In more than 32 years of navigating within the world of global missions and missionaries, I can honestly say that I’ve never met a missionary who wouldn’t eagerly set apart the time to meet face to face with someone who wanted to get to know them and hear about their ministry.
During the years my family and I served on the mission field, my guess is that around 80 different people took the initiative to invite me alone–or my wife and I together, to meet with them.
Every one of them told me that they wanted to get to know to us and to hear about our life and ministry on the mission field.
Having someone show that level of interest in us and our ministry was incredibly encouraging and we went in to each meeting eager to get to know the people who invited us and to share our story with them.
And yet, although we felt blessed in a variety of ways at the time we said good-bye and began the drive back to where we were staying, in many cases, we experienced the paradox of feeling blessed and discouraged at the same time.
Because more than half of the people who told us they wanted to get to know us and hear our story, would begin by asking us a great question that we were eager to answer.
But at the first pause in our answer or description of something, they would spring board from a word or phrase we used and launch in to a lengthy description of what was going on in their lives.
INTERACTIVE LISTENING PRACTICED AND RECEIVED
And because we had honed our interactive listening skills to be more like Jesus and more effective cross-cultural workers, those listening habits we had develeoped automatically kicked in.
Without consciously thinking about it, we listened intently and asked questions based on something they just said, and before all of us knew it, two hours had passed and it was time for us to leave.
Our hosts seemed starved for someone to listen to them, (because the pace of life and American culture doesn’t value), and responded very positively to our genuine interest in hearing them.
But we left having listened to them for an hour and a half, having shared about ourselves and our ministry for about thirty minutes total, and having been told by our hosts at the end of our time together how blessed and encouraged they were to get to know us.
A FURTHER DOSE OF PARADOX
And just like that, we were once again launched once again into the realm of paradox.
On the one hand, we were totally blessed to get to know them and to see the obvious source of encouragement that our interest and willingness to listen was to them.
But at the same time, although we were thankful for what we were able to share with them about our story, the short amount of time we actually had for doing so, was truthfully–less than encouraging.
Fast-forward to today.
Within the scope of the ministry God has given me these past few years, I have had a number of people ask me to describe the kind of Christian that every missionary would love to spend time with.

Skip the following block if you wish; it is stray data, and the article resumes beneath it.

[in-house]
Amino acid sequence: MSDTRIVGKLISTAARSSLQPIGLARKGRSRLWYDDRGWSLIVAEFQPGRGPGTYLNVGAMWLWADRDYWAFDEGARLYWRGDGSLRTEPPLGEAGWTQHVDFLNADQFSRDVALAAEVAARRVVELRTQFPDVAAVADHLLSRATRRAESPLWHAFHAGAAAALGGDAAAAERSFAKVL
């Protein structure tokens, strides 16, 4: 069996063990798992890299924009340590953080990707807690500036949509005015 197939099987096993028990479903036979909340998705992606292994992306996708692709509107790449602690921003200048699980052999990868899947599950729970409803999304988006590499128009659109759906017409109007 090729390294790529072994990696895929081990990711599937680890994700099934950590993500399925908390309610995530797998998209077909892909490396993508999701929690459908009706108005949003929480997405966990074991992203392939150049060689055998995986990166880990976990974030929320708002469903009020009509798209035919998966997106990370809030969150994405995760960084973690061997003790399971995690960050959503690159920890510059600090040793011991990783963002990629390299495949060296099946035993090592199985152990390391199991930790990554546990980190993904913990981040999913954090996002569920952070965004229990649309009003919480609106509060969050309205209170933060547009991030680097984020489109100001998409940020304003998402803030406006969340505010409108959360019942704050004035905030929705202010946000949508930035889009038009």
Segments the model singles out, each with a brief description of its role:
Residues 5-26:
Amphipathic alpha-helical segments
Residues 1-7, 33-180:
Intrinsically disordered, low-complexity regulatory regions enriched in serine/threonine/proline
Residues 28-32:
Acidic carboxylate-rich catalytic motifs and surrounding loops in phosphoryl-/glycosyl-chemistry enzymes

CHARACTERISTICS OF MISSIONARY ENCOURAGERS
Based on my own experience as a missionary, having spent hundreds of hours trying to encourage missionaries, and asking many of those missionaries to describe the type of people they love spending time with, here’s what that person is like:
1–Someone who makes them not only feel comfortable in their presence, but makes being with them so enjoyable that they can’t wait to hang out with them again.
2–Someone who demonstrates a genuine interest in the missionary through the questions they ask, the diligence with which they listen to the missionary’s responses, and who asks follow up questions that are based on what the missionary’s previous answers to their questions were.
3–Someone who doesn’t try to communicate that they know or understand what the missionary experience is like–and doesn’t bring in their own life experiences or stories in order to try and relate to the missionary.
4–Yet someone who thoughtfully and succinctly shares from their own life experiences or knowledge in response to the missionary’s inquiries.
5–And if not prompted by the missionary, knows just the right time and uses just the right length of time, to reveal their own thoughts, experiences, struggles, or victories in a way that makes them real and vulnerable, and that demonstrates a desire for a heart to heart connection with the missionary.
6–Someone who doesn’t give the missionary the impression or the “vibe” that they are spending time with them for any reason other than just to get to know them in order to deepen the relationship and be a source of encouragement.
7–Someone who takes the initiative to stay connected with the missionary in some way after their initial face to face time together.
If you’re a follower of Jesus and you love missionaries, just ask our Missionary God and He will empower you to be one of those people that missionaries LOVE to spend time with.